Tuesday, May 24, 2011

Texas Sheet Cake

Occasionally a cake comes along that makes you want to eat an entire 11x18 sheet pan of cake over two days.  This is that cake.  (Also for the record, I only ate half the pan over four days, and then took the rest to work on Monday before I became completely disgusted with myself.)

Texas Sheet Cake
(recipe courtesy of my mom, courtesy of a newspaper from about a zillion years ago)

½ pound Butter
1 cup Water
4 tablespoons Cocoa
2 Eggs
1/2 cup sour milk (add ½ teaspoon vinegar to sour milk)
1 teaspoon Vanilla
1 teaspoon Baking Soda
2 cups Flour
2 cups Sugar
½ teaspoon Salt

¼ pound Butter
4 tablespoons Cocoa
6 tablespoons Milk
1 pound Confectioners’ Sugar
1 teaspoon Vanilla


Preheat oven to 375 degrees. Grease an 11-by-8-inch jelly roll pan. Bring butter, water
and cocoa to a boil in a small saucepan. In a small bowl, beat the eggs with sour milk,
vanilla and baking soda.

In a large bowl, sift together flour, sugar and salt. Add butter mixture and egg mixture to
flour, mixing gently. Pour into prepared pan. Bake 20 minutes or until cake tests done.
Spread icing on the hot cake when it comes out of the oven.

To make icing: Bring the butter, cocoa and milk to a boil in a small saucepan. In a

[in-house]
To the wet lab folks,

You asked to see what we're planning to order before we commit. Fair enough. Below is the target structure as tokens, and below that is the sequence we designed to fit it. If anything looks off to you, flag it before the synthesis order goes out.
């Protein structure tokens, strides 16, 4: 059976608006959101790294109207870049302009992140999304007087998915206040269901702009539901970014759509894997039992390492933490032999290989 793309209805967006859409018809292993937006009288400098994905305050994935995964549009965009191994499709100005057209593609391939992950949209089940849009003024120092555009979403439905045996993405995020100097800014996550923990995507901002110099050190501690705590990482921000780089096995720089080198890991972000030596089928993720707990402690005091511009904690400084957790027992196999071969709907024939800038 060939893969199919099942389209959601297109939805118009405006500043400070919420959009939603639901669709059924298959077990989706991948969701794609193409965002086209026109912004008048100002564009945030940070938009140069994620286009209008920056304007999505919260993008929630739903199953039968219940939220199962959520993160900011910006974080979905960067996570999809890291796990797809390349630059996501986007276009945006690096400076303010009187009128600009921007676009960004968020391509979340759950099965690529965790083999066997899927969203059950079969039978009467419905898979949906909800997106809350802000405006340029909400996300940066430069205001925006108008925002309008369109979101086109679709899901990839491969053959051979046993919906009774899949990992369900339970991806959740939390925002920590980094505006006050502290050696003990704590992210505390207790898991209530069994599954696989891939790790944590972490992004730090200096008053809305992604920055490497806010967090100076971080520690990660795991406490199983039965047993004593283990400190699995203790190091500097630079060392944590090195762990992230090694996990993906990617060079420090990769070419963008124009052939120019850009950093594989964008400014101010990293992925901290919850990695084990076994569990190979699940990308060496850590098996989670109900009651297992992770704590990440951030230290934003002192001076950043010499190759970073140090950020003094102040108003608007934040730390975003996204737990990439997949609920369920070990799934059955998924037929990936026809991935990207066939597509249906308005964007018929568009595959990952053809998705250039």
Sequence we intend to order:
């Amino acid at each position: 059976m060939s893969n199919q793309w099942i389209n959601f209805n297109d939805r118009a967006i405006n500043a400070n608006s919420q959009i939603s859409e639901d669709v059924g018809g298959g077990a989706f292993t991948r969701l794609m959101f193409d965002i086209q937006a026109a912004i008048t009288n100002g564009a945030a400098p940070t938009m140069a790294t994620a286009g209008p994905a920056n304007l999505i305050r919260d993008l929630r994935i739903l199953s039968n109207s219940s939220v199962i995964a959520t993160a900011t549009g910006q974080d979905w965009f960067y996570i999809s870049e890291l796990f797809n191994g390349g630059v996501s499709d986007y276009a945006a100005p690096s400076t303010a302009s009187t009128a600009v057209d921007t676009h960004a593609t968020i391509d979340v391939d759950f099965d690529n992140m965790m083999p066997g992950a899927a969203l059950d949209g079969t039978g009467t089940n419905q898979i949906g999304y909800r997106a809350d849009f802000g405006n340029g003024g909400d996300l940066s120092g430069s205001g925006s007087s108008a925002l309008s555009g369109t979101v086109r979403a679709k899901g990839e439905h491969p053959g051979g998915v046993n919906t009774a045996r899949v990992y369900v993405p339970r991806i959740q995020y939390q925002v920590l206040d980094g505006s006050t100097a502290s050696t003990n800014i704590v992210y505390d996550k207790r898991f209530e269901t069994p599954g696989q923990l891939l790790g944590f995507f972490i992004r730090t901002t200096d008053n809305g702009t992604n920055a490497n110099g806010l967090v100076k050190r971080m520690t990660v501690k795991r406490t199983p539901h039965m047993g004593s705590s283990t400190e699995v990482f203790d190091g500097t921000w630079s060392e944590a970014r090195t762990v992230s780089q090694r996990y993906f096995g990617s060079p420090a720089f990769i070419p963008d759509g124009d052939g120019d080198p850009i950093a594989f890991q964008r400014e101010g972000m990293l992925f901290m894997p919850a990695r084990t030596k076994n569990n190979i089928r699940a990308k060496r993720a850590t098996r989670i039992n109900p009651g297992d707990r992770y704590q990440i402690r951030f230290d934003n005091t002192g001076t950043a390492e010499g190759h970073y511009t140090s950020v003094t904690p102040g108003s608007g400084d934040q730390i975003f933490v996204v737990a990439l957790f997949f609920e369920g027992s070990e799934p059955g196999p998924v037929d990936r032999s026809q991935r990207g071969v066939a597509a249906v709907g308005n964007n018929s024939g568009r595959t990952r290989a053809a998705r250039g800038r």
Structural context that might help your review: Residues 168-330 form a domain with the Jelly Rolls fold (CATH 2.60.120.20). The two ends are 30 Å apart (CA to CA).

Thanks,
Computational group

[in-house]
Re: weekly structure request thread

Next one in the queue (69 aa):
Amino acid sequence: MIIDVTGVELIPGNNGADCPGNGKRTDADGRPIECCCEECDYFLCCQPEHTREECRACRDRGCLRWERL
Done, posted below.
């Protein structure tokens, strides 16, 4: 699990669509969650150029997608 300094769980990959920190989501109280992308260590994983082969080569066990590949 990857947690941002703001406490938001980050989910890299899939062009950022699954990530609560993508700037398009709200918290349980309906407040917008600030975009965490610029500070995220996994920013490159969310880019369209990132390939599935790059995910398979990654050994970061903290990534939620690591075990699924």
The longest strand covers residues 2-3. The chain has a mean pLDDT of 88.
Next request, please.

separate bowl, combine confectioners’ sugar, nuts and vanilla. Add butter mixture and
blend thoroughly.

It's straightforward.  It's delicious.  And it is shockingly non-dependent on ingredient quality.  I was excited to make it with Ghiradelli cocoa, but honestly it didn't taste any different than when I've made it with generic.  But it does still taste delicious.  Everyone at work agreed.

Melting together butter, cocoa, water.

Soured milk. 

Dry ingredients.

Wet, dry, and chocolate mixtures, ready to be mixed.  You don't need a mixer.  Just a spoon will do.

Mmm, cake!

The icing begins much like the cake...

Except you just add the chocolate mixture to a big pile of powdered sugar.

No offset spatula needed, either.  Just dump the frosting on the cake and let it ooze.  And then the hard part.  Waiting for it to set.

But it is well, well worth the wait.

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